He was unanimously chosen!
Calvin Watts is making history as the first Black superintendent of Gwinnett County Schools, the largest school district in Georgia, EducationWeek reports.
Watts previously worked for 13 years in Gwinnett County, first as an assistant principal at an elementary school and then as assistant superintendent for school improvement and operations. During that time, he watched the Gwinnett County School District grow enormously, now boasting a 177,000 student enrollment. Since 2015, Watts has served as superintendent of the Kent, Washington school district, with about 26,000 students enrolled. Now, the Gwinnett County Board of Education decided to bring Watts back home, voting 5-0 to appoint him as the district's new superintendent.
"I proudly accept this opportunity to serve as your next superintendent. I look forward to seeing you and working with you very soon," Watts told board members.
He is set to replace Alvin Wilbanks, who served as superintendent for 25 years, recently being ousted by board members who voted this past March to fire Wilbanks a year earlier than his scheduled retirement. Several underlying tensions led to Wilbanks' decision to represent a former guard of a district that used to be overwhelmingly white. With the demographics now at 33 percent Hispanic and 32 percent Black, district leaders felt like Wilbanks was out of tune with the diverse population.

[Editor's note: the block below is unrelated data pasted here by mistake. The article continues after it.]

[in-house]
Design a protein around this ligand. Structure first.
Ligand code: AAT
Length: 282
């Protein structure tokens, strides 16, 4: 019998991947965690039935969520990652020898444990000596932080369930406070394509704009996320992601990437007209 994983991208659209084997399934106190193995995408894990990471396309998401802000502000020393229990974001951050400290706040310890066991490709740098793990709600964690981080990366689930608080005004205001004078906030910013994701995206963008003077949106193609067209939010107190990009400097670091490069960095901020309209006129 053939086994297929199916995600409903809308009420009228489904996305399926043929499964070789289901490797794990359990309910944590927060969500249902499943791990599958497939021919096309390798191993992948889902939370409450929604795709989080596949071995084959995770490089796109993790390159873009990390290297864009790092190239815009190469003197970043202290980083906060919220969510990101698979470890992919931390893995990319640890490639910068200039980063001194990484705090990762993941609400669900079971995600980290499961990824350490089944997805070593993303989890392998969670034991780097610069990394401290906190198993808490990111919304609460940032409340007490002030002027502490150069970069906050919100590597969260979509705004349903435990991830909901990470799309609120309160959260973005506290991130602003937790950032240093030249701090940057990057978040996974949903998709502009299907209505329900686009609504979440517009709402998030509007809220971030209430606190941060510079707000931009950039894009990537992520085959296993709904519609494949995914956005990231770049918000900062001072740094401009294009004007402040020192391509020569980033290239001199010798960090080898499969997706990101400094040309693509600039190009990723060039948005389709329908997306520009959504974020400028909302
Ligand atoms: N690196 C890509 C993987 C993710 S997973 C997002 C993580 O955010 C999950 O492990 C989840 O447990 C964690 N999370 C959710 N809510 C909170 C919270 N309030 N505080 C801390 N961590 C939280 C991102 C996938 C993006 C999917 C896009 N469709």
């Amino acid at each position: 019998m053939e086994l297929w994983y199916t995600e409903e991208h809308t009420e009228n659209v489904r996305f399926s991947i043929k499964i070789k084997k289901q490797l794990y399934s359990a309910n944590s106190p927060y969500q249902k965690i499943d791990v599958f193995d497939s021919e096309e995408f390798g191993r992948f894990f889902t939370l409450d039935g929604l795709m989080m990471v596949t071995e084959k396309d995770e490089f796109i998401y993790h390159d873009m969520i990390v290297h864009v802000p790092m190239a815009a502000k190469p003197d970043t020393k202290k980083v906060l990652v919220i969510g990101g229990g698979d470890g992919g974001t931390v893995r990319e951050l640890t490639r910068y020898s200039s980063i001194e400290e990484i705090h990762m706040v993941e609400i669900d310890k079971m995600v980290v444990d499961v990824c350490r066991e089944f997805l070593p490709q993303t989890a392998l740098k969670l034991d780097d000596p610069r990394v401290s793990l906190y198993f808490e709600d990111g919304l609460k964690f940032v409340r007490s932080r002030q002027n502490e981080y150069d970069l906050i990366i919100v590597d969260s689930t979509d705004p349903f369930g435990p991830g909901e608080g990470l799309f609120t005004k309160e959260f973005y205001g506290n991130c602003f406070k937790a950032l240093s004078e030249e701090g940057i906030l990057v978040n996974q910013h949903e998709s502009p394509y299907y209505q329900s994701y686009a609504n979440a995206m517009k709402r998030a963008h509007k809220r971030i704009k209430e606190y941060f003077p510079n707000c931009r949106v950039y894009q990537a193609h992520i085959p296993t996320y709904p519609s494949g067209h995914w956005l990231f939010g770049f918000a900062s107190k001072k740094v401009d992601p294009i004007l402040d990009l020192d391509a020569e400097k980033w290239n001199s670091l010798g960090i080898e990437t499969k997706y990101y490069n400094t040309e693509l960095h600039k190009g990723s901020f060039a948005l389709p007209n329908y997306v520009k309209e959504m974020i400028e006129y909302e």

Issues like merit-based pay for teachers negatively impacted those working in high-poverty schools, and district-developed exit exams that imposed requirements beyond the state for students to graduate were double-edged swords. Several protests in recent years involving racial disparities in school discipline pushed it over the top, coming to a head last year when the district continued in-person classes during the height of the COVID-19 pandemic. The clash continued when students returned to school, leaders arguing over mask mandates and teaching students about race in school. Accrediting agency Cognia has now been involved after complaints were elevated to them, and they are scheduled to report findings as early as next month.
Watts was one of 27 people who applied for the superintendent position during the search, run by the Georgia School Boards Association. The school board voted unanimously in his favor, making him the only finalist for the position. Per state law, the board still has to wait 14 days before confirming his appointment, but he has already made history as the first Black person to hold the position in the county's 200+ year history.
Wilbanks official last day is July 31st, but he will receive his salary through June 2022. Watts is expected to take over for the upcoming school year.
Congratulations, Superintendent Watts!
Photo Courtesy of Kent School District